With the debut of Neil Diamond’s 50th Anniversary Tour in Fresno, CA, on April 7th, his highly acclaimed 40-year percussionist, King Errisson, will be logging in the miles right along with him. And while Errisson always places an accent on accompanying Diamond on his tours and in the studio, recently the musician has also been marching to the beat of a different drum, having released his own self-composed CD, “Secret Life,” and his autobiography, “My Life, My Loves.”
It’s been a very interesting and wild ride up to this point for Errisson, who bears the nicknames “The Thunderball Drummer,” “The Music Fixer,” “The Unsung Hero of Motown” and “King of the Congas,” to say the least. Born and raised in the island paradise of Nassau, as a child the now 30-year Las Vegas resident, who at the age of six began beating his hands on everything he could get his hands on, spent hours in a coconut grove practicing different patterns of beating his hands on a crude set of coffee can bongos. At the age of 15, Errisson got his first professional music instruction and, soon afterwards, began to play and tour with different acts. Eventually, his musical path led him to record deals, movies, TV, and superstar Neil Diamond.
“Hal Blaine, who was one of the greatest drummers in the world and was the percussionist on Neil’s recording ‘I Am I Said,’ was also his musical contractor at the time,” Errisson, who first came to the United States in 1961, recalls. “Neil, having been intrigued by the popularity of Paul Simon’s ‘Graceland,’ had written an extended piece called “The African Trilogy,’ I was a studio musician and Hal asked me to be part of the recording session on ‘Sooliamon,’ which was part of the trilogy but I was also to be prominently featured when Neil performed the song publicly for the first time. That happened on January 10, 1971 on The Glen Campbell Goodtime Hour. That performance was my first opportunity to actually perform with Neil and it was a great experience.”
The forces that led to that moment began with Errisson’s first big break, which came about when actor Sean Connery, accompanied by nearly the entire cast and crew of the future blockbuster, "Thunderball," walked into the Conch Shell Club in Nassau where Errisson was the star of the show Connery praised Errisson’s “magic hands” and asked him if he would like to audition for a role in the movie, which was being filmed on the island. The percussionist got the part, which gave him recognition and ultimately opened up doors for him in America and Canada and gave him the opportunity to subsequently make friends with, and play with and for, some of the greatest musicians and singers in the world, among the latter, Diana Ross, Barbra Streisand, Ray Charles, the Jackson 5, Tony Orlando and Dawn, Marvin Gaye, and Barry Manilow.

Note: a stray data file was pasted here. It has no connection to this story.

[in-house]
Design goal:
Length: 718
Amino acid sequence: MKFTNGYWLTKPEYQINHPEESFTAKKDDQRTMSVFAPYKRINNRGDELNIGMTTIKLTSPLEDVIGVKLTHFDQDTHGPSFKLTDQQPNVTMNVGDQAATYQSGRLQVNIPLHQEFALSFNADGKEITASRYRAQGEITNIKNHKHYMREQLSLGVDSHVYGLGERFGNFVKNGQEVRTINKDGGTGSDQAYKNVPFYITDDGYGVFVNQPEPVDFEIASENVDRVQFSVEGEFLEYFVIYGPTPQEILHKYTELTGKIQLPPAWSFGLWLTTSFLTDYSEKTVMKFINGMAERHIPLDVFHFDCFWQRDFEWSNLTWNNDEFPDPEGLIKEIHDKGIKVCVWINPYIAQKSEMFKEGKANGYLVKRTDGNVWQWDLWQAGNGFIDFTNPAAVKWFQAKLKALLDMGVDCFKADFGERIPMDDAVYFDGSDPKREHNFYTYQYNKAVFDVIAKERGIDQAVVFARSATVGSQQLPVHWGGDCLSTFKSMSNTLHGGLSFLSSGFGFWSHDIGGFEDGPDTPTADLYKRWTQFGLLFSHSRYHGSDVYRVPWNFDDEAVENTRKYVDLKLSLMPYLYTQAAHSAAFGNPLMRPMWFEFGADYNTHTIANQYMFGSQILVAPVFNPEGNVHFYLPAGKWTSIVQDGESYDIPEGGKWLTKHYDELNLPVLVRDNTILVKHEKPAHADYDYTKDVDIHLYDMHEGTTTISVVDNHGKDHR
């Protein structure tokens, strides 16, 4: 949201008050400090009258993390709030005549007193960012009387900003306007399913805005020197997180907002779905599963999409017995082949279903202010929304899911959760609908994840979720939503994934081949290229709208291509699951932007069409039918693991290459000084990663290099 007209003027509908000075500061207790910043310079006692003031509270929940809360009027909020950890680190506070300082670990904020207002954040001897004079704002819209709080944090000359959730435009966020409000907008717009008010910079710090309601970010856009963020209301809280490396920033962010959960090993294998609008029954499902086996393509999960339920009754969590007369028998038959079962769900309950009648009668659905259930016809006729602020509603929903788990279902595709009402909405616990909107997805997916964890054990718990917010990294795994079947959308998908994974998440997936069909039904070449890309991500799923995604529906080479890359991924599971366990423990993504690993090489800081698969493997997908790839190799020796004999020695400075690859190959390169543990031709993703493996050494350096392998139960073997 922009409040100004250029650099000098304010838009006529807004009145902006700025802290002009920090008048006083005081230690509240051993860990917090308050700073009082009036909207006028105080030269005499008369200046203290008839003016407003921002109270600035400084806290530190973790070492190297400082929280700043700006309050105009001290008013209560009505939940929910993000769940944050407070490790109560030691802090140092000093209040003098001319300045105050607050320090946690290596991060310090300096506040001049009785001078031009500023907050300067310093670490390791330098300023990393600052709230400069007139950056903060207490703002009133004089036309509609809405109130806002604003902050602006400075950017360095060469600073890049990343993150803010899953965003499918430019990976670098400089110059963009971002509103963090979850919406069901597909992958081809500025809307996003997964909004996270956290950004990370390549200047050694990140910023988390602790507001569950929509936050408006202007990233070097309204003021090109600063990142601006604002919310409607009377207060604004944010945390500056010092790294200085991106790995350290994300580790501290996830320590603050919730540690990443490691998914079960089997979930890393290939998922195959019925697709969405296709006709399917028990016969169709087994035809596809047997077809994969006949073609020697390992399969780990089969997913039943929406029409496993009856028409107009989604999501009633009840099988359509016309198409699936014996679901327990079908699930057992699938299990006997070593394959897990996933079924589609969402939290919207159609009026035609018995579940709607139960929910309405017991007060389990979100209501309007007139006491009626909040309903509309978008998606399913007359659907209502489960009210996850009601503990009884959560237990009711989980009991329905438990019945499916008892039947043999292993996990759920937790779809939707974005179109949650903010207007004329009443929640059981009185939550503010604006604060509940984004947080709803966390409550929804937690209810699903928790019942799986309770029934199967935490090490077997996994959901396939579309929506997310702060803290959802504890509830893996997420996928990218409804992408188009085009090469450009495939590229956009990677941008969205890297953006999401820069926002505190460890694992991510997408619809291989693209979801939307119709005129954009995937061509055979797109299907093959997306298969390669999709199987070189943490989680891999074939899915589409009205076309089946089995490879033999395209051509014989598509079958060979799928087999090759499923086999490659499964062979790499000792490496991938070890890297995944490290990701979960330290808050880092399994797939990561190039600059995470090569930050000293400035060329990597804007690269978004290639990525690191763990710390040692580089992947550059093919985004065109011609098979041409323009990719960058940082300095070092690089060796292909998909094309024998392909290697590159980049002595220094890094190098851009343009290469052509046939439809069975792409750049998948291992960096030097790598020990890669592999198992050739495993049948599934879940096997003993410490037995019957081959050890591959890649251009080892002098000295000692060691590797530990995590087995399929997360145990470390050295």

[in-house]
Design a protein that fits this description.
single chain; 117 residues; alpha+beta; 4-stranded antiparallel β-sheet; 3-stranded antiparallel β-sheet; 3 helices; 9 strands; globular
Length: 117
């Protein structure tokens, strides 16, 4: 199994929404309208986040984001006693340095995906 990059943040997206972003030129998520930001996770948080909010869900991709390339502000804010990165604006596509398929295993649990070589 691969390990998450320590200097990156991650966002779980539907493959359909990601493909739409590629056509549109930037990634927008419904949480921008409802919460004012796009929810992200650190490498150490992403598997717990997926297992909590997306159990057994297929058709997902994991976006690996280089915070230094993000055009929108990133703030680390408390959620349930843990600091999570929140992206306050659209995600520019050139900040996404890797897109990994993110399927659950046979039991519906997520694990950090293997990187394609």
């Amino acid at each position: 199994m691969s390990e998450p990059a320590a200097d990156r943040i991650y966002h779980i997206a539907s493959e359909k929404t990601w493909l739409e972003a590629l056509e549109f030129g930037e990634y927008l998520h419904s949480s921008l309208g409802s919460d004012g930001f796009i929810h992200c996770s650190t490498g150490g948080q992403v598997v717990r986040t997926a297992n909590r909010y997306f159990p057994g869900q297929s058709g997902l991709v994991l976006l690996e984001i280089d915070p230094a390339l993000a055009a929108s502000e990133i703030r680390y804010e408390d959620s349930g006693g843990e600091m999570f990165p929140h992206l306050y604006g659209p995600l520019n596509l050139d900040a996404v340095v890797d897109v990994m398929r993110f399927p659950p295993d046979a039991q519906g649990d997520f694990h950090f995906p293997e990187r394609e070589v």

Although Errisson got a call to join Diamond’s band for the singer’s 1972 Hot August Night concert at the Greek Theater, he had to turn down the offer because of previous commitments. But upon receiving a later call, he began rehearsing with Diamond in 1975 and went on tour with him in 1976, breaking his contract with Tony Orlando and Dawn to do so. And the rest, as they say, is history,
“Dennis St. John, who joined Neil’s band in 1971, was the one who made the calls to me,” Errisson notes. “He told me that Neil was looking for a flamboyant drummer and that he needed me to be showy and do what I do. Since I’ve joined the band, I’ve done every tour, save one, and played on 60 percent of Neil’s albums. I never got in his way but the more I did, the more he wanted me to do.
“It’s been a nice ride and it’s been pretty cool,” he adds, laughing. “Neil still thinks I’m trying to steal his show. I try to tell him that I just give added attention to his show but he still thinks I’m trying to steal it. Neil has 16 band members and carries 100 people. He doesn’t leave anything to chance.”
Errisson reveals that he only missed on tour in 40 years – that one due to the fact that he made love to a girl in Vancouver, Canada, who seven years later went to the police and said that Errisson had raped her.
“Seven years after the fact, this girl knocked on my door and my wife told her to go away,” he explains. “The girl had filed a grievance against me. But she had written 10 different letters to me in which she had told me that she loved me and I had kept every one. The police came to the studio and told me that if I went to Vancouver with Neil, they would arrest me. Neil said that since we were only going to Vancouver for two days, I should sit this one out. He then hired a lawyer from Vancouver, who took all the letters and love notes she had written to court. When he showed them to the judge, he told her that she’d better get out of there before he locked her up.”
As for the new CD, his 18th, Errisson says that he composes all his own music and that life and woman are his inspiration. Diamond even recorded one of Errisson’s songs, “On The Way To The Sky,” after rewriting the lyrics.
“Life is beautiful and women keep you on your toes,” Errisson muses. “I love writing stories. I’m primarily a singer on the new CD and I’ve got some of the best musicians on it – horns, bass, piano, guitar, and drums – as well as background singers and a full rhythm section. There are seven people in my band who are always on call. I can always depend on this group of guys. The music is ‘goombay,’ the rhythms of Africa, Europe, and America, as well as jazz, reggae, and rock ‘n’ roll. When you listen to my music, it’s hard to figure out. I write by feeling but I’m more of a storyteller. I compare myself to Leonard Cohen or Neil Diamond.
“Where the book is concerned,” he continues, “I’ve been writing since I was 19. I take notes everywhere I go about everything I do, I couldn’t put my life in one book – there will be three. This book can be found on Amazon and on my website.”
No doubt about it, when it comes to an amazing and full life, Errisson is King.